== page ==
Mandy Van Schouten with Randy Feenstra

Social studies teacher Mandy Van Schouten asks a student-submitted question to U.S. Rep. Randy Feenstra during his visit to Unity Christian High School in Orange City on Monday, Jan. 16.

ORANGE CITY—U.S. Rep. Randy Feenstra spoke in front of the senior class Monday, Jan. 16, during one of his semiregular visits to Unity Christian High School in Orange City.

The congressman from Hull has been coming to the school since his days in the Iowa Senate. He said he identified with the 73 students, being a graduate of his hometown’s Western Christian High School.

“If you had asked any of my teachers at Western — I graduated in ’87, way back then — they would say, ‘Yeah, Randy, if he makes college, it’d be a shocker,’” Feenstra said. “Well, I did. I made it through Dordt. But something happened along the way. I hope this happens to many of you, as I got older, I saw how important education was.”

The bulk of the Republican’s speech focused on how his faith guides his politics. Feenstra goes to First Christian Reformed Church in Hull.

“Trust me, when I was your age, no one would have ever said, ‘Randy is going to be in Congress someday.’ They would have laughed. But it was God’s wonderful plan,” he said.

Feenstra appealed to Reformed forebear John Calvin, saying Christians should strive to engage with the secular world, not shirk away from it.

Randy Feenstra at Unity Christian High School

U.S. Rep. Randy Feenstra speaks Monday, Jan. 16, to seniors at Unity Christian High School in Orange City. The Hull Republican touched on a variety of topics during a Q&A.

“God has put us here to redeem the world, and I fully believe that, that I can redeem it one step, one little piece at a time, every square inch. But it’s a challenge,” Feenstra said.

On the same morning, Christian politicians from the other side of the aisle gathered to mark Martin Luther King Jr. Day. President Joe Biden spoke at Ebenezer Baptist Church in Atlanta, which King co-pastored until his assassination. The congregation is led by Sen. Raphael Warnock (D-Georgia). 

The president, a lifelong Catholic, also aspired wisdom from a departed philosopher.

“It’s when we see each other as neighbors and not enemies that progress and justice come,” Biden said. “It’s when we see each other as fellow human beings, as children of God, that we begin to walk the path of Dr. King’s ‘Beloved Community,’ a path his dream inspired and whose legacy propels us forward to this day.”

Back in Orange City, Feenstra fielded questions from Unity Christian students.

The questions were submitted ahead of time to social studies teacher Mandy Van Schouten, who ran the event in the school’s auditorium. Van Schouten said many of her students were looking forward to the congressman’s visit. She added Feenstra is more relatable than an average politician, given he has background similar to many Unity Christian pupils.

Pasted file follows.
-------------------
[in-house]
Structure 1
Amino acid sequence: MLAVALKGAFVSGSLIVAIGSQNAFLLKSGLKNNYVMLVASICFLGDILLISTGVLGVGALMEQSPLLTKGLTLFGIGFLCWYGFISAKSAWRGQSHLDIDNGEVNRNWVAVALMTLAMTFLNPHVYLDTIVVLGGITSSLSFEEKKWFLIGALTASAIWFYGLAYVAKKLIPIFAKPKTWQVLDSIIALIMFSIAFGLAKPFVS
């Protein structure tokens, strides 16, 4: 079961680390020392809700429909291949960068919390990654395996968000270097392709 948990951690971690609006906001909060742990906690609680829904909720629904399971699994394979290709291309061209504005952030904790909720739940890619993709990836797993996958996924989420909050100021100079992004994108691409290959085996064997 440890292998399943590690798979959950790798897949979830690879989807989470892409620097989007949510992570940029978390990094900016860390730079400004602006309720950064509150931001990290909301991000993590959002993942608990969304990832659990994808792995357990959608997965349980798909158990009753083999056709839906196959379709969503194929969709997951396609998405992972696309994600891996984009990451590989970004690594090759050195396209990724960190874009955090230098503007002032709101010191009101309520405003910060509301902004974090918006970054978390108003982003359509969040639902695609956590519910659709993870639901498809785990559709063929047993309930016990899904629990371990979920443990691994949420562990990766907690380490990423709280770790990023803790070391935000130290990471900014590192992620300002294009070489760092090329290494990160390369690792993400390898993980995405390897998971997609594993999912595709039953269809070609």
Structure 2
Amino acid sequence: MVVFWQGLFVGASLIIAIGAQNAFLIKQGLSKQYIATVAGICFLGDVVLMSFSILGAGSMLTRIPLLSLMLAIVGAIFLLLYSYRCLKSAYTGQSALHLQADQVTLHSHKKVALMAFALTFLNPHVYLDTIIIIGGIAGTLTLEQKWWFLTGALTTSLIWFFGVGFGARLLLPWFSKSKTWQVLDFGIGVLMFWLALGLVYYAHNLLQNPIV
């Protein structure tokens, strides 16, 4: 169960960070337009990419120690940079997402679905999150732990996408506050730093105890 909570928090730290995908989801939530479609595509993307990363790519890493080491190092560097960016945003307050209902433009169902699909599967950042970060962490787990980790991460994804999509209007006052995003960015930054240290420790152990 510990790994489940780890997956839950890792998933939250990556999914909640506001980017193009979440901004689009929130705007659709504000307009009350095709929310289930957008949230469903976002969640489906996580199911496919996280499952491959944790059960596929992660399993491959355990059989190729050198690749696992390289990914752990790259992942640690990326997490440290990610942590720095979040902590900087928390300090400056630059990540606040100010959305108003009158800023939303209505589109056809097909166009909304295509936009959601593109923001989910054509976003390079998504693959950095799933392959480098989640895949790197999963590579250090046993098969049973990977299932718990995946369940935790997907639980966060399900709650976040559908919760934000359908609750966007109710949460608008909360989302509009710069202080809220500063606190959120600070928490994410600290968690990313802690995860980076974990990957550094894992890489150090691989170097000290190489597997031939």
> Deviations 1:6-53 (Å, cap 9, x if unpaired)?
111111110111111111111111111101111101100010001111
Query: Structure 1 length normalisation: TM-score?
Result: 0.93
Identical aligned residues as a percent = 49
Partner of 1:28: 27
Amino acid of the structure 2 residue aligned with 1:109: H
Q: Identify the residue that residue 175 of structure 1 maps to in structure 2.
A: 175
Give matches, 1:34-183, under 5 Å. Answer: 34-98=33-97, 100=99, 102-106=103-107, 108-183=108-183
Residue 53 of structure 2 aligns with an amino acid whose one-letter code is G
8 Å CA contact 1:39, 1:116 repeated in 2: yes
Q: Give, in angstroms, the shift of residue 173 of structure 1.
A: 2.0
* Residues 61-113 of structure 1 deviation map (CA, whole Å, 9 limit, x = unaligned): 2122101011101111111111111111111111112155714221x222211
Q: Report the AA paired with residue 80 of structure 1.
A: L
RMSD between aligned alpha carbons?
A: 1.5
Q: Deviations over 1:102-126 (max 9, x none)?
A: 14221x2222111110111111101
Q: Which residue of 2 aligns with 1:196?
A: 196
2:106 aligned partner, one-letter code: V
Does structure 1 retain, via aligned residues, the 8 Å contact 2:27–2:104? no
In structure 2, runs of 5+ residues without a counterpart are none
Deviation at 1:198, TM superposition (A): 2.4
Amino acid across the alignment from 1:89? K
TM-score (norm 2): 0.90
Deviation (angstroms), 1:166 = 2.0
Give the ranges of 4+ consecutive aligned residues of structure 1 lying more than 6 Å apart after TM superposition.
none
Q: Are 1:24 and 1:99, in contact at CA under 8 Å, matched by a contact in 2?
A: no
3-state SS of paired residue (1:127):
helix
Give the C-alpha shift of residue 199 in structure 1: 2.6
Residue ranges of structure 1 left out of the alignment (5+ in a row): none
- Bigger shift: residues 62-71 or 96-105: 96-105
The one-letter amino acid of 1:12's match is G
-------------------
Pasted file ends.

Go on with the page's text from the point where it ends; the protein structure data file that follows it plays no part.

“It’s really good for kids to see fellow believers in the public square, how it looks to be active post-high school, post-college. It makes them feel not so distant from the culture,” Van Schouten said.

One of the student questions asked how the House is able to get anything done with so many diverse opinions held by its 435 voting members. Feenstra pointed to the recent GOP infighting over selecting Speaker Kevin McCarthy (R-California) as the chamber’s leader.

“This is democracy. We all have to collaborate, get together, voice our grievances, voice our opportunities and our thoughts, and finally come to a resolution,” said Feenstra, mentioning the 15 votes it took for McCarthy to finally get a majority. “It was a challenge. But if you like democracy, representative democracy, it’s messy.”

Wayne Dykstra with Randy Feenstra

Head of school Wayne Dykstra gives a tour of the construction progress at Unity Christian High School in Orange City to U.S. Rep. Randy Feenstra. The Hull Republican also spoke to students during his visit Monday, Jan. 16.

Another pupil submitted a query about Feenstra’s stance on American support for Ukraine in its war with Russia. He said the United States needs to stand against figures such as Russian leader Vladimir Putin, who ordered his country’s invasion in February last year.

“This war needs to be fought, without us using our own soldiers, but at least we can put some money into stopping this thug,” Feenstra said.

There also was a question on what the campaign finance rules should be. Feenstra suggested limiting spending from campaigns.

“My opinion is you’ve got to put a cap on how much people can get. To make it all fair, say, ‘All right, the max you can spend is X,’” he said.

The school’s class of 2023 includes a few who were old enough to vote in November’s midterm elections, which gave Feenstra his second term representing Iowa’s 4th congressional district.

Reagan Van Beek, who is indeed named after former Republican president Ronald Reagan, said he voted for Feenstra because of their shared anti-abortion and pro-military stances.

“I personally believe his views best represented my views,” Van Beek said.

Cambree DeJong said she also is against abortion and added education as a top issue for her. She likewise voted for Feenstra.

“It’s just nice to hear him speak about things I believe in as well,” DeJong said.

After dismissing the seniors-only assembly, head of school Wayne Dykstra led the congressman on a quick tour of the progress on Unity Christian’s $8.4 million expansion, which broke ground in September 2021. The 38,500-square-foot construction will add a gymnasium and five classrooms to the building.